Thursday, June 19, 2008

Too much environmental doom and gloom

Susan Nielsen thinks enviros have won, but we didn't notice. She thinks every day is Earth Day, and it's time to back off from the Daily Dose of Doom that we enviros deliver to the world. She has a point.

"Now that every day is Earth Day, we need a new kind of holiday. We need an annual break from bad environmental news.

The year-round glumfest about drowning polar bears, dying honeybees and the general futility of it all is raising consciousness but crushing spirits (or at least mine). We need a day of rest — a time to pretend, as we did in the 1990s, that the party could last forever.

The other 364 days we can stick to the new normal, flogging ourselves about carbon and fretting about an uncertain future."
Now I can hear the chorus of objections rising...

"...but wait, the problems aren't solved yet..."
"...people don't know how bad things really are..."
"...we need to get serious and implement stronger actions..."

All of them true, but all unfortunately delivered as dire doses of doom. What drives this gloomy approach? Is it a desire to infect everyone with the sad pessimism that pervades the environmental movement? (I know about that pessimism, I'm part of the movement and I hear it every day.)

She says we've won and we don't realize it. Everyone now knows that we're right, and it's time for a new strategy to get people moving towards solutions.

I can see the merit in Nielsen's point, and I like her idea. For just one day, it would be a good idea to try to deliver all environmental news with optimism and a sense of hope.

There's nothing wrong with optimism. Try it, you just might like it.


FoulHooked said...

My freshman biology prof comes to mind. He held and shared the "humans are a virus" mentality, but somehow balanced it with overwhelming optimism that we could overcome our inherent destructiveness, and that we were indeed doing so. I'm still to conflicted to hold much hope for the human race long-term, but a daily dose of optimism helps keep the sanity. There is a lot of good in this world, after all.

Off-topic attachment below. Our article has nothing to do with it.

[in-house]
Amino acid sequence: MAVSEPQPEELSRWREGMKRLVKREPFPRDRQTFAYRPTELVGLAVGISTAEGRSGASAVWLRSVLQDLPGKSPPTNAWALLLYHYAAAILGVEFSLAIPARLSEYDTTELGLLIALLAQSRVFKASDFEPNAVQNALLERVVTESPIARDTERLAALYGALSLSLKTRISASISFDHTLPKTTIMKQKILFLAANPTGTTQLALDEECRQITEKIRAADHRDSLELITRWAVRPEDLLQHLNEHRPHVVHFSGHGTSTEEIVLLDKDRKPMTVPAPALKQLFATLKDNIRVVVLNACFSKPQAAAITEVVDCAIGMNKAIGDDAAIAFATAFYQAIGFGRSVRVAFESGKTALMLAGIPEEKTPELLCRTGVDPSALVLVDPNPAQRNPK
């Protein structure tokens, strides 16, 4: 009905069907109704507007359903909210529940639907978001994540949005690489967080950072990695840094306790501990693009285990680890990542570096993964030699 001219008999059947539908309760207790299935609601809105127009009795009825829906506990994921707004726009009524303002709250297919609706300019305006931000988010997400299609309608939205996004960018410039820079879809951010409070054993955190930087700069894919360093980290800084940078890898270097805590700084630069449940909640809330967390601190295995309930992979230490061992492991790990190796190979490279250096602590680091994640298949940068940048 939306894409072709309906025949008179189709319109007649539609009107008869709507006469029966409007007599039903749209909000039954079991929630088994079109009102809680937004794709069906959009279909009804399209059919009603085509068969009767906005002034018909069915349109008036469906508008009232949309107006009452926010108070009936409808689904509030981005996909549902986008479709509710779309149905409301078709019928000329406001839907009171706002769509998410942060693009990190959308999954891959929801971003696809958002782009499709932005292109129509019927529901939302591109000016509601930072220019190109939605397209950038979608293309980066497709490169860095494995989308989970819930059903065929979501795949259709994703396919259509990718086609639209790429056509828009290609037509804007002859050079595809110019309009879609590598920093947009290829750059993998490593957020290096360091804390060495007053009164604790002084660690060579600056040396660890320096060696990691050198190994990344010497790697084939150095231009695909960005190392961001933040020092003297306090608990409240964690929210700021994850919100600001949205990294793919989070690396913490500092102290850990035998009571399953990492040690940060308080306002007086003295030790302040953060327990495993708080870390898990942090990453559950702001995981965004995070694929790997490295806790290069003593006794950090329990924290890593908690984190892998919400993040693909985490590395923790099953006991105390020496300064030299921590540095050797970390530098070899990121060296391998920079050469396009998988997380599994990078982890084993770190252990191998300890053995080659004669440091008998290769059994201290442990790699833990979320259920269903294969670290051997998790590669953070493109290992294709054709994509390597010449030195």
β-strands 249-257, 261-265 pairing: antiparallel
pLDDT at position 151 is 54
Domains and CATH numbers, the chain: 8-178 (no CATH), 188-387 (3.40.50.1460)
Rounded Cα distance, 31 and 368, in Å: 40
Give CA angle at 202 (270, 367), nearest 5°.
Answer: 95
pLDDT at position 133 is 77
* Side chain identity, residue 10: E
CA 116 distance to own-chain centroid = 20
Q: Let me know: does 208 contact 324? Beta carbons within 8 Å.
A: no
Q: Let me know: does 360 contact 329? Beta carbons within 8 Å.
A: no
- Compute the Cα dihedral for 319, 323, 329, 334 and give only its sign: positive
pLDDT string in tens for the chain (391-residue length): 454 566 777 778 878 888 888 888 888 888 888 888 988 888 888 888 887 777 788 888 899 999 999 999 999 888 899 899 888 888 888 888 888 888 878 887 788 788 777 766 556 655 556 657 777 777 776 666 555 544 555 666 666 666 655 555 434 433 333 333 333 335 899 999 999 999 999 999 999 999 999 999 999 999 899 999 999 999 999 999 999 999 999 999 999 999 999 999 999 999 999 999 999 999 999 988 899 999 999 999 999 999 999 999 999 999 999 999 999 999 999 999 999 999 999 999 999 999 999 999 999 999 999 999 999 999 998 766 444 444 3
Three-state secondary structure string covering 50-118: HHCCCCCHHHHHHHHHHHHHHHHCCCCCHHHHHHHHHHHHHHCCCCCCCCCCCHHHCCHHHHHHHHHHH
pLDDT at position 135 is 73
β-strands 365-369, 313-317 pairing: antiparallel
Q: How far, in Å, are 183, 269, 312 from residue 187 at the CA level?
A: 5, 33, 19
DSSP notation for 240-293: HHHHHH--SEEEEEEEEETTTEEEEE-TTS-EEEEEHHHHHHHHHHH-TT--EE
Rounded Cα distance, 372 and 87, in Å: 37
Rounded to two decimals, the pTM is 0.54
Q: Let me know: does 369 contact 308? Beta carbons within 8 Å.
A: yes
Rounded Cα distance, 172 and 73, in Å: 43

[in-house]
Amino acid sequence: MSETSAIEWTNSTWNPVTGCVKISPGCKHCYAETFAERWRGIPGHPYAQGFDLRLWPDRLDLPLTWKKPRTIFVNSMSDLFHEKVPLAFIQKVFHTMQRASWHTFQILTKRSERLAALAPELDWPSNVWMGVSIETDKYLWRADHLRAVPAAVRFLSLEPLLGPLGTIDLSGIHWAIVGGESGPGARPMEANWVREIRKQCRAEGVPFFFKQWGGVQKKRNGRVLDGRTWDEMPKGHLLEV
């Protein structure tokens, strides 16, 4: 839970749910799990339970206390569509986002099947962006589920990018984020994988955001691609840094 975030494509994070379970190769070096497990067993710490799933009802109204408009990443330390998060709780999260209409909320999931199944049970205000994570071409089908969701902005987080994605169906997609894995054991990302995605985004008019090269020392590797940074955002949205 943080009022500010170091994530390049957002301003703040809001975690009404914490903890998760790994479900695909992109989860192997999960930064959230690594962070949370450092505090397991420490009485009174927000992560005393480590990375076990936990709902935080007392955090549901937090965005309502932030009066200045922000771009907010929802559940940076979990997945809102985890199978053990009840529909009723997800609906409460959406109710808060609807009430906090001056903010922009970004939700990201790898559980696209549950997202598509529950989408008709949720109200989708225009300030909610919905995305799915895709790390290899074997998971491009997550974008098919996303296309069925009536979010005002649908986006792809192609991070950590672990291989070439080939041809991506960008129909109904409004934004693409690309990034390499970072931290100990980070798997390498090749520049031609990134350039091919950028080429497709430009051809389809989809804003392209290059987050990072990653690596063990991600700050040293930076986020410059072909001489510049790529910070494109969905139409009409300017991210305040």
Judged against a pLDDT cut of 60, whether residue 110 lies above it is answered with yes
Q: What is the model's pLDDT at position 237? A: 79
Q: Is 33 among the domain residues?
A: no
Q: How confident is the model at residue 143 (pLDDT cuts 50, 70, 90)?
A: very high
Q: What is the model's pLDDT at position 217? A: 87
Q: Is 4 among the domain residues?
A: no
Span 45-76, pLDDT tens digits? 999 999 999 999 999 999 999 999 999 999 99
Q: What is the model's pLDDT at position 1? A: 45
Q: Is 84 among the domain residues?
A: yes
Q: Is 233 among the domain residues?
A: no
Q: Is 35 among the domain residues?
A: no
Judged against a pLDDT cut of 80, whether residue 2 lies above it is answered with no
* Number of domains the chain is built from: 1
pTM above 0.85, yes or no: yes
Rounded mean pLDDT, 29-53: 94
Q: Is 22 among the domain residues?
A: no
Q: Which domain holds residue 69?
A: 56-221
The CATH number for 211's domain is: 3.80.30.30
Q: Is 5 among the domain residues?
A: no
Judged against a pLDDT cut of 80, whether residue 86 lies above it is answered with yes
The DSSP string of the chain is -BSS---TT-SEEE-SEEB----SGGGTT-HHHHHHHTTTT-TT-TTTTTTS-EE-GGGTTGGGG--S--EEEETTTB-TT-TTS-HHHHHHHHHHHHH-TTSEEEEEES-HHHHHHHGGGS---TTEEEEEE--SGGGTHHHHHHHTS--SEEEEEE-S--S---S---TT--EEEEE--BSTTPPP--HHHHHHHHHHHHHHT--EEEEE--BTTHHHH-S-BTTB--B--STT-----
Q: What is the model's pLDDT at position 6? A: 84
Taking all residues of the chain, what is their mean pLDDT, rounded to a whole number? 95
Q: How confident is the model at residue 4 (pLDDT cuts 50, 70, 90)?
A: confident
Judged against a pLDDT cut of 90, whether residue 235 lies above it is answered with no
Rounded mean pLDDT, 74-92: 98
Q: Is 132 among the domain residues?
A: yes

Rob said...

Ok lets be positive. This is about plans. Who actually has one? It had to be Google for the US of course. As Eric Schmidt says. “Quit grousing and come up with a plan if you don’t like mine. After all what’s the alternative? Death?” So here is his plan

In short: A crisis is an opportunity (financial crisis).

Q: Why are we spending so much money on military security? A: Oil security

Premise: Total fundamental failure of political leadership based on:
1. Vested interests 2. Lack of understanding of value of; global alliances, best available technology and the great opportunity we are being presented with to restructure inefficiency.

A - Efficiency first: This is the cheapest and easiest with the fastest payback e.g. Google investing $5 million for a two year return!
B - Investment in Solar thermal, wind and geothermal mainly with incentives(as there are so many subtle subsidies for fossil fuels)
C - Restructure the old decaying grid: Old grid has 9% efficiency loss. Mathematical modelling using renewables mix across US show a smart grid to be very stable, in fact more stable than current one. Investigate V2G(vehicle to grid) with plug in hybrids i.e. charge in off peak, download in peak as most cost is at peak power(and taxpayer makes money not driving).
D - Regulation: Price on carbon, new building efficiency standards, ZEVs and plug in hybrids(electric/ethanol)

Cost: 2.7 trillion Savings: 2.1 trillion (in efficiencies) 8% discount rate = $200 million in net present value

1 Security
2 Price of energy
3 Jobs and investment (yes millions of home based jobs and export revenue)
4 And by the way, CLIMATE CHANGE